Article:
A Trump administration lift on federal protections for transgender students will have little impact on local schools.
President Donald Trump's recent lifting of federal guidelines allowing transgender students to use school bathrooms and locker rooms matching their gender identities may not have much impact on local schools.
Officials from Central Maryland school systems say they do not anticipate any changes to policy after the Obama-era guideline was lifted Wednesday.
"We are making no changes to our guidelines," said Bob Mosier, a spokesman for Anne Arundel County Public Schools.
He said the Trump administration letter provided no new guidance, and that the school system follows guidelines issued by the Maryland State Department of Education even before the federal directive was issued last May.
The state guideline allows students to use restrooms or locker rooms consistent with their gender identity, and many school local schools districts followed that policy.
The decision by the White House now gives states and school districts the right to interpret existing federal anti-discrimination law.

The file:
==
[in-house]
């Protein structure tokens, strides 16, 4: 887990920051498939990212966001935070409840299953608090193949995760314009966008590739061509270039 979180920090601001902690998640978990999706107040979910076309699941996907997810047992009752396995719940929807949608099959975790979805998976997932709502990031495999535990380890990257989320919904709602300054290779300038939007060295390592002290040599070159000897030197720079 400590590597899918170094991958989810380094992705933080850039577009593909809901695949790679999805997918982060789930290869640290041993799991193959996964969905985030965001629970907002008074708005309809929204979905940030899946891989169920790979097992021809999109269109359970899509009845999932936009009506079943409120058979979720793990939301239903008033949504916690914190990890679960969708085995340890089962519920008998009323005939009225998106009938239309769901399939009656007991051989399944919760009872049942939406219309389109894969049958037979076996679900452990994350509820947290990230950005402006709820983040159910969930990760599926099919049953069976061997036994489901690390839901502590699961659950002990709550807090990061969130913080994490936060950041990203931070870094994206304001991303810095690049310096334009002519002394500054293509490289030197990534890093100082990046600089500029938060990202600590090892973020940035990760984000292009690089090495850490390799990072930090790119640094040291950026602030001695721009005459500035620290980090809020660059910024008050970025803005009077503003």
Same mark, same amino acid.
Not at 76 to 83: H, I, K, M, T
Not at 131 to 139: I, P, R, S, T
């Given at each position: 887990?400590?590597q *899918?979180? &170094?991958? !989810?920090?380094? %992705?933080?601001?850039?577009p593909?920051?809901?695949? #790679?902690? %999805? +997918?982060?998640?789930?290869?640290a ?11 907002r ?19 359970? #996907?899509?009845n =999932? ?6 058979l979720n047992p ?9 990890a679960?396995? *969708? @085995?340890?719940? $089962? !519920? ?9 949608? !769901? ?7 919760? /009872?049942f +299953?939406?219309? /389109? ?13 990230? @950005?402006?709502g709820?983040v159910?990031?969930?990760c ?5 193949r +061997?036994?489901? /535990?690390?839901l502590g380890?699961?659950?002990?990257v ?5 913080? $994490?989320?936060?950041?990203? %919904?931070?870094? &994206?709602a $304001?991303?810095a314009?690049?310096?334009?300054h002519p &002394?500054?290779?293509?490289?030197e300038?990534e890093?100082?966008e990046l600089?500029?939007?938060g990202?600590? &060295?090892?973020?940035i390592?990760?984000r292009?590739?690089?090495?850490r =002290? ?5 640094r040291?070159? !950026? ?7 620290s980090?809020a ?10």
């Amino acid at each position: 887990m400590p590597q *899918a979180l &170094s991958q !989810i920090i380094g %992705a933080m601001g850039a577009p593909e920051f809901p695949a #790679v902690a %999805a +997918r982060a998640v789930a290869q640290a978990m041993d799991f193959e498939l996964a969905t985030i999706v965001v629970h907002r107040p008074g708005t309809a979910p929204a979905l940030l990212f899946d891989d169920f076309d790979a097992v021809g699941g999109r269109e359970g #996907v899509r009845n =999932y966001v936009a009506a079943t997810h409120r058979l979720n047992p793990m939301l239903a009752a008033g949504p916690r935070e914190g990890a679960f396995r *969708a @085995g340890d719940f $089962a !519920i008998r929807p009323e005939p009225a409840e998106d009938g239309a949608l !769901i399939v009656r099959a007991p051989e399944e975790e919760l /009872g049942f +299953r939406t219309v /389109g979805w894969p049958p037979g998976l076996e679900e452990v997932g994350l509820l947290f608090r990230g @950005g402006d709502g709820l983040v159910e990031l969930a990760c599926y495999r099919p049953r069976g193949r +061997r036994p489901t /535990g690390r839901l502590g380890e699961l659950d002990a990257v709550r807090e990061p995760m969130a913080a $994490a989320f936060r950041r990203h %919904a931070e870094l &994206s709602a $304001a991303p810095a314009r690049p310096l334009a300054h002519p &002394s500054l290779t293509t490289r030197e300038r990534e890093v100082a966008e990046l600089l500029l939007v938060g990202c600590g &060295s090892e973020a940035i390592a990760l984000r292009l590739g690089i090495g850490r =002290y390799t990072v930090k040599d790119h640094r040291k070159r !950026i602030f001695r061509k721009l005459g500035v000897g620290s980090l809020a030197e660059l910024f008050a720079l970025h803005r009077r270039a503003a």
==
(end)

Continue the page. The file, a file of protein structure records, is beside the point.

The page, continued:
Bill Reinhard, a spokesman for the state education department, said Thursday that officials have not made any determinations based on the Trump administration's action.
"We're reviewing it right now to see what kind of changes, if any need to be made," Reinhard said.
Baltimore County public schools spokesman Mychael Dickerson said the schools system continues to follow state guidelines, but "even prior to that time our school administrators were working directly with students and their families to accommodate students' needs on a case by case."
Similarly, officials with Baltimore City, Harford County, and the University System of Maryland, which includes 12 higher education institutions across the state, said they also do not anticipate any changes to current policies.
"The School Board reaffirms its commitment to embracing all students and ensuring an educational environment free of harassment, discrimination, intimidation, and bullying," said Edie House-Foster, a Baltimore City schools spokeswoman.
The local response seems to be the very outcome the Trump administration expected and wanted.
"This is an issue best solved at the state and local level," said Betsy DeVos, the U.S. Secretary of Education. "Schools, communities and families can find — and in many cases have found — solutions that protect all students."
In Carroll County, officials say they are waiting for a ruling in a Supreme Court case on the issue. A transgender teen in Virginia sued his school system to allow him access to the boys' bathroom. Arguments are scheduled to be heard before the court in March.
Steven Johnson, the assistant superintendent of instruction for Carroll County schools, said school system attorneys have advised the school system to "maintain the status quo" until a ruling is made.